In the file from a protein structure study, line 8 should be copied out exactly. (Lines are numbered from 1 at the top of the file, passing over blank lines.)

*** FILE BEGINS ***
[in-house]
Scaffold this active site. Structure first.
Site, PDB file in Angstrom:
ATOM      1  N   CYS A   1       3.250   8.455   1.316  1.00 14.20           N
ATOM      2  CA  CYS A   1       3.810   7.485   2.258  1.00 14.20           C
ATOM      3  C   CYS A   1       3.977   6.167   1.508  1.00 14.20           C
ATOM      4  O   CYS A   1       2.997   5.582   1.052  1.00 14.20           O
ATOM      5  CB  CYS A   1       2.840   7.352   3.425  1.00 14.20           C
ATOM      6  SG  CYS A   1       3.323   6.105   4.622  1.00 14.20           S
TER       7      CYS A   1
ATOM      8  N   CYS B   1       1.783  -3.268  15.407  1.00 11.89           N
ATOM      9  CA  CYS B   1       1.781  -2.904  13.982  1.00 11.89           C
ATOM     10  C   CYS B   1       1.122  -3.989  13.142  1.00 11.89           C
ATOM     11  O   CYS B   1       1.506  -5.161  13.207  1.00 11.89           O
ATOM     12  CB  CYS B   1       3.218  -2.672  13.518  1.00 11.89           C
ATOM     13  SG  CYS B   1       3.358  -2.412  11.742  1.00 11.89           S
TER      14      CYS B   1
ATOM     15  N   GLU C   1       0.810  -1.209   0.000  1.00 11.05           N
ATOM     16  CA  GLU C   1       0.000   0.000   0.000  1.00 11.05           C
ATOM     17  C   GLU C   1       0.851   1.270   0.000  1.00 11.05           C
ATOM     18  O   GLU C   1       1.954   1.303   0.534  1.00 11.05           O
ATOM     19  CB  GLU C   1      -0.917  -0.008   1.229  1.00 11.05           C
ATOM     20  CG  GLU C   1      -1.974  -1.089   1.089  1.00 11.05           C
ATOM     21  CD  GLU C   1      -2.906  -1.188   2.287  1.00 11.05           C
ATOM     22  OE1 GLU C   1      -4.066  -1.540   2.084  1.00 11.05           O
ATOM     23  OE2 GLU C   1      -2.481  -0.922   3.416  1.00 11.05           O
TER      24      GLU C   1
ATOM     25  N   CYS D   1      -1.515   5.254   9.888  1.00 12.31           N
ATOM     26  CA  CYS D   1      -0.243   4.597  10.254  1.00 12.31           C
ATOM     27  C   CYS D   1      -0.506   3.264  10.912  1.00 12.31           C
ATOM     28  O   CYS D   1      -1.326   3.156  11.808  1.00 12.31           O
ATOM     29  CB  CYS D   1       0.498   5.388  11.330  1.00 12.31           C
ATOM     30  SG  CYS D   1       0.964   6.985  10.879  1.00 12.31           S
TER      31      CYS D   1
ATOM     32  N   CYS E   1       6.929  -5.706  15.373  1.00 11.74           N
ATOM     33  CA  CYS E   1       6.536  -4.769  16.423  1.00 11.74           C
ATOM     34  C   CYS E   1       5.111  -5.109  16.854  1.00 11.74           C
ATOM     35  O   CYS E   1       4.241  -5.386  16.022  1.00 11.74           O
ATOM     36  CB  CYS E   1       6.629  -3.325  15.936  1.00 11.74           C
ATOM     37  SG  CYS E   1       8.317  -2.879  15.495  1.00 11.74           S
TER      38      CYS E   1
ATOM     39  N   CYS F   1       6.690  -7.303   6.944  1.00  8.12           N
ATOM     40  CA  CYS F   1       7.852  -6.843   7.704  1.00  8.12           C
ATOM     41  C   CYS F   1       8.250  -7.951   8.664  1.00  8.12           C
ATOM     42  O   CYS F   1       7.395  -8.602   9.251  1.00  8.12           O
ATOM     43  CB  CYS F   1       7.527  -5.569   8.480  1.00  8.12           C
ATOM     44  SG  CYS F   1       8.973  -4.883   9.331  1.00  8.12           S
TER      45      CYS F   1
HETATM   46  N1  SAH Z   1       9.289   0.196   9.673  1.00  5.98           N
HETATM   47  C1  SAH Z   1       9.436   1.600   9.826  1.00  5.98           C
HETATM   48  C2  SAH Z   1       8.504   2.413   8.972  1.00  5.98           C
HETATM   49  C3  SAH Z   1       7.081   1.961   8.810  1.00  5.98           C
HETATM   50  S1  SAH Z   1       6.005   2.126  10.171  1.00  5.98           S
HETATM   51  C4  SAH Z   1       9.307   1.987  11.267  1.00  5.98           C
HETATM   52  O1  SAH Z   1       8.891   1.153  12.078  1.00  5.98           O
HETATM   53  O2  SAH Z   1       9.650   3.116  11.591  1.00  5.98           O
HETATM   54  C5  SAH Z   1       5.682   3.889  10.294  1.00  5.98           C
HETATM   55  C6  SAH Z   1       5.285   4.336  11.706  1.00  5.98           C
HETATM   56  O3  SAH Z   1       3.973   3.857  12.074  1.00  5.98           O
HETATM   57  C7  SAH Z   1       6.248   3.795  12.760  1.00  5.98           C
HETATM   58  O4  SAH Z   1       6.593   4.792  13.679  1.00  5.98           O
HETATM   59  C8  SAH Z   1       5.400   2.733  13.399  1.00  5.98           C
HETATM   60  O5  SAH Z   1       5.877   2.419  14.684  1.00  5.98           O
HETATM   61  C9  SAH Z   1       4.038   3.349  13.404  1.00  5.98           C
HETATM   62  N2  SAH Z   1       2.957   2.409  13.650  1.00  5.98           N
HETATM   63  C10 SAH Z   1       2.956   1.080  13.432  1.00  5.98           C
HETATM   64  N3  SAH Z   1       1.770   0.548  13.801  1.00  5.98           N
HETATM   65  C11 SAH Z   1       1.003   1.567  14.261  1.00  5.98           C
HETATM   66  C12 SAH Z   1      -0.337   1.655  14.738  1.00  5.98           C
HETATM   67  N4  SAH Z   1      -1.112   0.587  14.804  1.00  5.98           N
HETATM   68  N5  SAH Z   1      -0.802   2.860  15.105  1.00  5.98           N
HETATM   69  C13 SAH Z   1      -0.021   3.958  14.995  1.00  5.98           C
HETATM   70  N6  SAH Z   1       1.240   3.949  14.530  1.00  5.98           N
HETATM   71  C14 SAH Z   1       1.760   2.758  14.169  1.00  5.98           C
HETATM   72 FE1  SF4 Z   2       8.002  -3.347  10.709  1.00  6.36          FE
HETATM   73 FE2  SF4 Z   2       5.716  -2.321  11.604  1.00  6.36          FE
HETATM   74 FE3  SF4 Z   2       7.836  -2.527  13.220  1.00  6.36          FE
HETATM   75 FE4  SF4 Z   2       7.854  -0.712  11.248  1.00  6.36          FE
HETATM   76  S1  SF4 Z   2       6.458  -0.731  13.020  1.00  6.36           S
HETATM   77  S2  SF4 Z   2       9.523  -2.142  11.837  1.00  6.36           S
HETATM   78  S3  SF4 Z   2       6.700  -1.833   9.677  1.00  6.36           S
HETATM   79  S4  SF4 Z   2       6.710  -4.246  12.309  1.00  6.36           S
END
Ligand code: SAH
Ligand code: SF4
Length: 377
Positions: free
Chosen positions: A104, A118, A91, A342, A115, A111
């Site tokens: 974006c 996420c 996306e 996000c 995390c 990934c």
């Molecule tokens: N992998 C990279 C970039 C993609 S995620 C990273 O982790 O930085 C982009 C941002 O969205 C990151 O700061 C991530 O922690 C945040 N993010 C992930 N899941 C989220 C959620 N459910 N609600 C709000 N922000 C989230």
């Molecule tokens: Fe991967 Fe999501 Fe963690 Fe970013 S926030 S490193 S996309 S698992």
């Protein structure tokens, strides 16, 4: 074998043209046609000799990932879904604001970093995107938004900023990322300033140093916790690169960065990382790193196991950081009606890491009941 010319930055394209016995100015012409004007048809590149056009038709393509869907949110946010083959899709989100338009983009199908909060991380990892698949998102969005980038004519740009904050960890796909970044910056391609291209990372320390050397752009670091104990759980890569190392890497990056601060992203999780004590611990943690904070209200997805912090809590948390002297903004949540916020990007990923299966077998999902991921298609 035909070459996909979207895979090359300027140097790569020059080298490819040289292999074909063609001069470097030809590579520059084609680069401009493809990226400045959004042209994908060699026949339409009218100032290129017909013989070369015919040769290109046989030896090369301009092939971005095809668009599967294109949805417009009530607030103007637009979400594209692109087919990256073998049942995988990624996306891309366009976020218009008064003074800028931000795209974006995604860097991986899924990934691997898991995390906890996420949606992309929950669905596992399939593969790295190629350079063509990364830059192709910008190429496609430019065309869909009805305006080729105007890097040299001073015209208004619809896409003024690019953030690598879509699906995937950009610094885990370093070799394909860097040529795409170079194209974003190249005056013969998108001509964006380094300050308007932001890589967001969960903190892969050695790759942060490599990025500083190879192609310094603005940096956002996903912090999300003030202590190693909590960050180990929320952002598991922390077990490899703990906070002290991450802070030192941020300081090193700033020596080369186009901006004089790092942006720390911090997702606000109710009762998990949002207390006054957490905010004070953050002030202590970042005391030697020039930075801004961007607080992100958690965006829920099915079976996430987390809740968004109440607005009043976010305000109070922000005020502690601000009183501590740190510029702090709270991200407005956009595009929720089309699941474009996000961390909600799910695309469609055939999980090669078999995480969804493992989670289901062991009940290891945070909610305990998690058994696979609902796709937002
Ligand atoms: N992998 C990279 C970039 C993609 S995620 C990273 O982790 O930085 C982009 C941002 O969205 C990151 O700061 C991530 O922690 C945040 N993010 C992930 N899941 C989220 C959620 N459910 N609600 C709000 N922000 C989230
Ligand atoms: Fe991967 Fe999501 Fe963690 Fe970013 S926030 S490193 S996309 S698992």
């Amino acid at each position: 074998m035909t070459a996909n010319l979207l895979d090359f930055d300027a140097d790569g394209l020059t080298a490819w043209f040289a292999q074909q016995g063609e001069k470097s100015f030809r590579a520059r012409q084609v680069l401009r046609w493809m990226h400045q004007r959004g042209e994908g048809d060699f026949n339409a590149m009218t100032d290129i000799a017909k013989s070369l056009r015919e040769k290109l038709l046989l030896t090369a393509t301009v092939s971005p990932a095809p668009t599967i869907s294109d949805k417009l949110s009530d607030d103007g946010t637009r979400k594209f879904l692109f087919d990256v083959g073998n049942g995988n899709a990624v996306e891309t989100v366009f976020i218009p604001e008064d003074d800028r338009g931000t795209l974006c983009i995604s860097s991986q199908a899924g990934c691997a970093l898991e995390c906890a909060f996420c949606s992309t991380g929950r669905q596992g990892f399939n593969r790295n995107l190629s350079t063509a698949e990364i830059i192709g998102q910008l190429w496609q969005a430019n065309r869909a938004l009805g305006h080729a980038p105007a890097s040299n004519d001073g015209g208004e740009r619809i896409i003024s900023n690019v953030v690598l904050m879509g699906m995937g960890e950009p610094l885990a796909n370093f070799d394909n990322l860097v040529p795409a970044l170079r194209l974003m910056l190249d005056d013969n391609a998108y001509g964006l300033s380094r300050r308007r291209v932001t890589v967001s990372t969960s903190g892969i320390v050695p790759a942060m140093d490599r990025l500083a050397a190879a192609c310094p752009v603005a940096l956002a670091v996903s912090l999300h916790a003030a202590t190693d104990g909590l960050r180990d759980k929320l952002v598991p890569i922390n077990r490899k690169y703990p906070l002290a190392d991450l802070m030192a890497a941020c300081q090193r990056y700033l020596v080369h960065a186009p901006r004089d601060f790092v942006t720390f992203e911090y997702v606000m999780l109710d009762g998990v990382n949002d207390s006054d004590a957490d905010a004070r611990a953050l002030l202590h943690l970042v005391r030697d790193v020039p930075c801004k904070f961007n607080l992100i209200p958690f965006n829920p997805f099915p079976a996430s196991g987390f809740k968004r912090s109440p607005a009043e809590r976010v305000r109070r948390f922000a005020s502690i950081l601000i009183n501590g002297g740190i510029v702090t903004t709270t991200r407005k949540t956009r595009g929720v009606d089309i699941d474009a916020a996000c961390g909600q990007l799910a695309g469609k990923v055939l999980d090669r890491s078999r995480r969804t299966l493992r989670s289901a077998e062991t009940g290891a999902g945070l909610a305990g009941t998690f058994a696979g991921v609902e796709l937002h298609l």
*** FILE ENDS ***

ATOM      5  CB  CYS A   1       2.840   7.352   3.425  1.00 14.20           C